Discussion of Scot McKnight’s “Kingdom Conspiracy” Part Three

Discussion of Scot McKnight’s “Kingdom Conspiracy” Part Three September 29, 2015

Discussion of Scot McKnight’s Kingdom Conspiracy: Returning to the Radical Mission of the Local Church Part Three

A week and some days ago I invited you to read Kingdom Conspiracy (Brazos Press, 2014) along with me and participate in a discussion of it here. Hopefully you have obtained the book by now and are prepared to participate as you wish. I am offering my thoughts about the book in several response posts over a few weeks. This Part Three of the series and covers Chapters 6 and 7, “No Kingdom outside the Church” and “Kingdom Mission as Church Mission” respectively.

In these chapters Scot’s concern, theme and thesis come to perfect clarity and practical application. The title of Chapter 6 says it all “in a nutshell”: “No Kingdom [of God] Outside the Church.” (81) In the middle of the chapter, after doing some careful exegesis of biblical passages about the Kingdom of God, Scot states “With one sentence, now, I pull the rope taut: there is no kingdom now outside the church.” (87) There was Kingdom of God before the birth of the church and there will be Kingdom of God in the eschatological new creation, but, in the interim, during the “church age” (as some would call it), “Kingdom of God” and “church” not only overlap but are, for all practical purposes, identical. (Which is not to say every group that calls itself “church” is Kingdom of God—a point I wish Scot would make clearer.)

Scot’s view stands in clear contrast to two alternative views of “Kingdom of God” in the present: 1) the “skinny pants view” that tends to call every ethical program for the common good “Kingdom of God work” even if it has no connection whatsoever with the church, and 2) the “pleated pants view” that recognizes some connection between Kingdom of God and church but tends to make the church an adjunct or appendix to the Kingdom of God rather than its center.

In the middle of Chapter 6 Scot presents a very healthy and helpful account of the relationship between the church and Israel—that contrasts with several other views of that relationship. His thesis is that “The Bible never talks of the replacement of Israel with the church, but rather of the expansion of Israel to include the Gentiles.” (89) He is neither a dispensationalist nor a successionist. “The church is the kingdom called Israel now expanded to include gentile believers.” (90) In this chapter Scot also emphasizes that the present church is not the eschatological church “without spot or wrinkle” (as the hymn has it about the “glorious church”) which is yet to come after the parousia.

One question I have asked earlier in this series is what church Scot means when he talks about the intimate, inseparable connection, if not identity, of “church” and “kingdom of God.” As we all know there are many Christian denominations and independent churches. On page 96 he expresses a kind of paradox. He says he both does and does not mean “institutional church.” He ends with an example of a local, institutional church that he regards as embodying (imperfectly, of course) the kingdom of God in the “not yet.” His example is Lawndale Community Church in Chicago. He ends the chapter with a teaser about the next chapter: “Kingdom mission is local church mission.” (98)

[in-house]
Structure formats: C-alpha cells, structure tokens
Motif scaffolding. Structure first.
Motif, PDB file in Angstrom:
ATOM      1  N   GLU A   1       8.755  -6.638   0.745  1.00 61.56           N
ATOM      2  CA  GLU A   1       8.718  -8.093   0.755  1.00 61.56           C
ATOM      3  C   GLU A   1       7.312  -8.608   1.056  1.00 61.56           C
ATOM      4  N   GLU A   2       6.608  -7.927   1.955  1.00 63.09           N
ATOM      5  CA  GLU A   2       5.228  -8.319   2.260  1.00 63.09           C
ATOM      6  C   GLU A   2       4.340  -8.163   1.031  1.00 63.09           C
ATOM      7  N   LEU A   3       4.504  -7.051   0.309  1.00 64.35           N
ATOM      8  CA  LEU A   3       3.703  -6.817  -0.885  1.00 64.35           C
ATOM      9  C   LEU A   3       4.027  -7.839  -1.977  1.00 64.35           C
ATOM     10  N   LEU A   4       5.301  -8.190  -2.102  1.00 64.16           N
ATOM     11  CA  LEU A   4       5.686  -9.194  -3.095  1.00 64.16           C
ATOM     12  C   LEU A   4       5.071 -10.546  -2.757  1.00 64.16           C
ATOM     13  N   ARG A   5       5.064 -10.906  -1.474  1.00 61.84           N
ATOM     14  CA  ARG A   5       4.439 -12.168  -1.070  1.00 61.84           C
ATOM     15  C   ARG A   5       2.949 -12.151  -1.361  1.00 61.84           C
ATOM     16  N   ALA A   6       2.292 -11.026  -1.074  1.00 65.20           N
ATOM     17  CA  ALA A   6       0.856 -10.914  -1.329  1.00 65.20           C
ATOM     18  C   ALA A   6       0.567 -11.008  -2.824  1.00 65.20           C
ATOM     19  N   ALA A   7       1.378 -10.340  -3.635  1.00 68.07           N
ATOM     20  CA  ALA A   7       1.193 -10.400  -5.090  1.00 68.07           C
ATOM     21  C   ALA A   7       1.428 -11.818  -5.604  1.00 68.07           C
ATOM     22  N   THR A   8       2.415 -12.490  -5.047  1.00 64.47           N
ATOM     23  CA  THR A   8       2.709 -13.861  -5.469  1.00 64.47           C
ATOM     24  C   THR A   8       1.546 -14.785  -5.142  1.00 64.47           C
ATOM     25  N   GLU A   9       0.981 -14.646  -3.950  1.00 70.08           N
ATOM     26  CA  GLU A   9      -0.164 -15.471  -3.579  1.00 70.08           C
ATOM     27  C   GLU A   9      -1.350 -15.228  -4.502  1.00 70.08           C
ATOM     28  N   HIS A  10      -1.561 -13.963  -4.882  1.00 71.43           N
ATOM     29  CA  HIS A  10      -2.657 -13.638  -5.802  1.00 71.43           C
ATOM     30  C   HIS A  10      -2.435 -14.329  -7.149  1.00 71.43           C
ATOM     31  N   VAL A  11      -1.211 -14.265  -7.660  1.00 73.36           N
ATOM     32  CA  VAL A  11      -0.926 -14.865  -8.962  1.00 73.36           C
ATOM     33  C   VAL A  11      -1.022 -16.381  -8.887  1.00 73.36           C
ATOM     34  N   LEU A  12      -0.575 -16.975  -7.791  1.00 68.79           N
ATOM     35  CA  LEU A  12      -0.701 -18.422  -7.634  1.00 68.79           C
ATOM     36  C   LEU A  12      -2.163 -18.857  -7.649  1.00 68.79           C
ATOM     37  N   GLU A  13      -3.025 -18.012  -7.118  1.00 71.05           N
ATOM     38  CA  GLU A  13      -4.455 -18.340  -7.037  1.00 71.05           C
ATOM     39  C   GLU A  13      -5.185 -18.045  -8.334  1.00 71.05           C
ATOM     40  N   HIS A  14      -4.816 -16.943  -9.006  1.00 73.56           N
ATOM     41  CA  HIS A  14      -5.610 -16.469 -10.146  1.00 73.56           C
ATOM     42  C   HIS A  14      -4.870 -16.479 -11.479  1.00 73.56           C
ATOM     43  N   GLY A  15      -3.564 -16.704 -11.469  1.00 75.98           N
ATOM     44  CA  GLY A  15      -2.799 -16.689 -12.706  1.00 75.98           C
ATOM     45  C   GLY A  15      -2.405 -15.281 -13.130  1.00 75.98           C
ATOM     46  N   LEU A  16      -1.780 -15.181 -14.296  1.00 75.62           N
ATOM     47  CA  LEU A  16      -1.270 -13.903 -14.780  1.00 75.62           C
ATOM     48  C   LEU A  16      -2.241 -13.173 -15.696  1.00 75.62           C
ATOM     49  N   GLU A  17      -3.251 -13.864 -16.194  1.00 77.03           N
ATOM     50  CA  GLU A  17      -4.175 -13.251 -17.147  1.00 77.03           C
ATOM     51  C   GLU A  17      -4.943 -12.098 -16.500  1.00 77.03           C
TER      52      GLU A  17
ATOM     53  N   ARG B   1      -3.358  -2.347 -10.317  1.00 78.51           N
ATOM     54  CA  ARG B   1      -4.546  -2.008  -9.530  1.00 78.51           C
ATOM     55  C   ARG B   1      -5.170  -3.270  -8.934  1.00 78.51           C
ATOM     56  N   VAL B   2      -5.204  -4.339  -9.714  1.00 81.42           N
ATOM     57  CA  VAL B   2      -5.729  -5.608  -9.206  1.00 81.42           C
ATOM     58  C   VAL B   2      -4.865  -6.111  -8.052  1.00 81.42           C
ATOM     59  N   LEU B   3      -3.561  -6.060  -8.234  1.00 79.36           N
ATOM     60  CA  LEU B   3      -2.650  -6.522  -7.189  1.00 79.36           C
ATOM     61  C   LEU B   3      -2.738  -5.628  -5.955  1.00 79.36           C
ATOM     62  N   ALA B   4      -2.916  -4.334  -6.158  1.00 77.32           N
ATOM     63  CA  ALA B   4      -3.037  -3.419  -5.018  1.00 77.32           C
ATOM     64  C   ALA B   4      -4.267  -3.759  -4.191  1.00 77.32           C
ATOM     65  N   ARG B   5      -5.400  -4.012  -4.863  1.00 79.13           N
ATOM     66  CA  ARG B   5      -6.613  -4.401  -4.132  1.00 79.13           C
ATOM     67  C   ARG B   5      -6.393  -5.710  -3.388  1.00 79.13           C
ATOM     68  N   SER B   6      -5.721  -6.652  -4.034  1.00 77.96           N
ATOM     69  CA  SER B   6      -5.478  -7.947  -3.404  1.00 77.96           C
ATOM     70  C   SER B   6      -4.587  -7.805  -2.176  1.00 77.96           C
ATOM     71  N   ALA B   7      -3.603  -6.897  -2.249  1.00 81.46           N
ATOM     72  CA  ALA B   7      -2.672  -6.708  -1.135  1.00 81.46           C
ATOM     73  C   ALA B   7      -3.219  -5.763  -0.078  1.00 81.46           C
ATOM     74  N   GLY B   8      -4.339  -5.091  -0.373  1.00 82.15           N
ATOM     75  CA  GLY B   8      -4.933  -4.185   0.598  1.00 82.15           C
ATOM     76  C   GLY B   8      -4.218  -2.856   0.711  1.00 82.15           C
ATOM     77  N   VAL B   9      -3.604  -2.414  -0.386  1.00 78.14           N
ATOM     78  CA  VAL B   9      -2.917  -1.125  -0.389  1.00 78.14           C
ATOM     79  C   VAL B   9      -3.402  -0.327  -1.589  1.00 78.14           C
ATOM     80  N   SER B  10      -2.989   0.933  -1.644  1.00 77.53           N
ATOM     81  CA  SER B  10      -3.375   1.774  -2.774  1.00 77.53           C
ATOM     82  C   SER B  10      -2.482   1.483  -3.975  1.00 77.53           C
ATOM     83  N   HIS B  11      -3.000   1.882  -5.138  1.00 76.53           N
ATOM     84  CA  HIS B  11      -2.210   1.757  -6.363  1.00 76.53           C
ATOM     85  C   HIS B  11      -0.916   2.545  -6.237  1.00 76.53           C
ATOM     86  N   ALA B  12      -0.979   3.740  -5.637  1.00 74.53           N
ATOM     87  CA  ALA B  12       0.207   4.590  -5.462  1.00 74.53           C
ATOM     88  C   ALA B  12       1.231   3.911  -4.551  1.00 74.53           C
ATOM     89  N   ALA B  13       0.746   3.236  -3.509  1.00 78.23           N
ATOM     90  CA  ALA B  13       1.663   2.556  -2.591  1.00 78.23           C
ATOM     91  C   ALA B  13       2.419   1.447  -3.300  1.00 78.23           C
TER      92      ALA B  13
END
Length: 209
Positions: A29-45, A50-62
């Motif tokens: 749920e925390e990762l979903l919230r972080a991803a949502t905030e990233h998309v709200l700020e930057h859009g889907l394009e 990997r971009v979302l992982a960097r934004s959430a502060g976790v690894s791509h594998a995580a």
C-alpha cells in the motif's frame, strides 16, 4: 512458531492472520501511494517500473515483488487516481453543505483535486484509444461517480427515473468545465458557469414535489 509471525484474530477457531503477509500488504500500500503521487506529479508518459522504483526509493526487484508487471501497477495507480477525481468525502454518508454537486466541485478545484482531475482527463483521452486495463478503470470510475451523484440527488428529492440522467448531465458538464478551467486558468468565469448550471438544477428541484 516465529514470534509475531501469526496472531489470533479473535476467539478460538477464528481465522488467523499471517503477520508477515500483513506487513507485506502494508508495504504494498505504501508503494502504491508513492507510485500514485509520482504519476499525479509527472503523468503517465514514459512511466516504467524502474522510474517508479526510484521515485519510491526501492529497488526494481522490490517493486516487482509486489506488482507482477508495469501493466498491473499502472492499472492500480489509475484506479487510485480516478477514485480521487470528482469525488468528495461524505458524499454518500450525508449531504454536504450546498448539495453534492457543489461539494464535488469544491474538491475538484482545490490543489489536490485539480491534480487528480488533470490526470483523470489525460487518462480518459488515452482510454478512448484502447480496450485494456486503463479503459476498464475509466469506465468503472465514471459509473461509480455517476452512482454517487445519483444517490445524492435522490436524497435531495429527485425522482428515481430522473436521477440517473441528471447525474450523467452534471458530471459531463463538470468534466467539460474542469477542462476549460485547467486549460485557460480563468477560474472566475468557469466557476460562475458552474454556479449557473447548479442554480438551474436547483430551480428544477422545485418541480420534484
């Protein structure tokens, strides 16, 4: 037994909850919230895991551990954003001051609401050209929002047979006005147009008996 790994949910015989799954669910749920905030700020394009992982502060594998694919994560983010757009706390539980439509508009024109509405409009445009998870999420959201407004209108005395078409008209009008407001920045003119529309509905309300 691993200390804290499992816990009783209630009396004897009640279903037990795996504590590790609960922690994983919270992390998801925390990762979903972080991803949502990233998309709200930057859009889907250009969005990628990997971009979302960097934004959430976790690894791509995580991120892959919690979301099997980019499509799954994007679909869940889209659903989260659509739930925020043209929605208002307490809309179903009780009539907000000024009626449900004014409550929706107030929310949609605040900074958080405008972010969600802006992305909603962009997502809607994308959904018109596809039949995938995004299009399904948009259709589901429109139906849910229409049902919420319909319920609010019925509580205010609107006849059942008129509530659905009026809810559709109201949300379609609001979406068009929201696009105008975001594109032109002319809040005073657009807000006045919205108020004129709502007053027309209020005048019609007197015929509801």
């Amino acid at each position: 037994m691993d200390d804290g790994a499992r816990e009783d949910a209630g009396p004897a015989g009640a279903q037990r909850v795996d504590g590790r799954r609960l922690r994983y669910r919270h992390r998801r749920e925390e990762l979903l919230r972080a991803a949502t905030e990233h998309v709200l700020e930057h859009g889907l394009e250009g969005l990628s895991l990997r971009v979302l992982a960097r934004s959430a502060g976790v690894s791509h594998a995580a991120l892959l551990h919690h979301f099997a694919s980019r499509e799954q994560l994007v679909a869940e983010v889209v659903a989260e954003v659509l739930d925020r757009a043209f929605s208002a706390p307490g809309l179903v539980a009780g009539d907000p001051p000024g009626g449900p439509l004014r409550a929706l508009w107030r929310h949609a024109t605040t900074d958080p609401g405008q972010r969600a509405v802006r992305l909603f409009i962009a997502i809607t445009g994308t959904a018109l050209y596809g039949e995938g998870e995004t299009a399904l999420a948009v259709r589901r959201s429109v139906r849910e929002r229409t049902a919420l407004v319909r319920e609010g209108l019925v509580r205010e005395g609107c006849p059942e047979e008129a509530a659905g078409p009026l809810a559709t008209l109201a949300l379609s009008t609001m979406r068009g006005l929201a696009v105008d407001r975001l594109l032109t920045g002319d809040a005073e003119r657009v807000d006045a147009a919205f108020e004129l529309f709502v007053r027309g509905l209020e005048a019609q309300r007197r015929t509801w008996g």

At this point I can enthusiastically say that I agree and don’t agree with Scot’s thesis about church and kingdom of God!

So far I am convinced that Scot is right about the contemporary tendency of many Christians, especially young ones, to separate “kingdom of God” almost entirely from “church.” Therefore, I agree with his project to re-connect them. I agree that the church as Jesus envisioned it is central to kingdom of God in the present as Jesus envisioned it. But I have more sympathy than Scot does, so it seems, anyway, with or for those who have struggled and struggled to find a church that actually embodies and lives out kingdom of God as Jesus envisioned it and have given up. Sure, there’s one here and there’s one there and one should never give up on church. But my experience is that the vast majority of American “Christian” churches of all kinds are so Americanized, so culturally accommodated, that I have trouble criticizing people who give up. I encourage them not to, but I understand their frustration.

So far what I would say with Scot is that the church as Jesus envisioned it is central to Jesus’ vision of the kingdom of God “between the times.” But I wonder if it is quite right to limit “kingdom of God” to the institutional church and its work—mission done within its context? (Now I’m assuming Chapter 7, but Scot anticipates his argument in that chapter in Chapter 6.)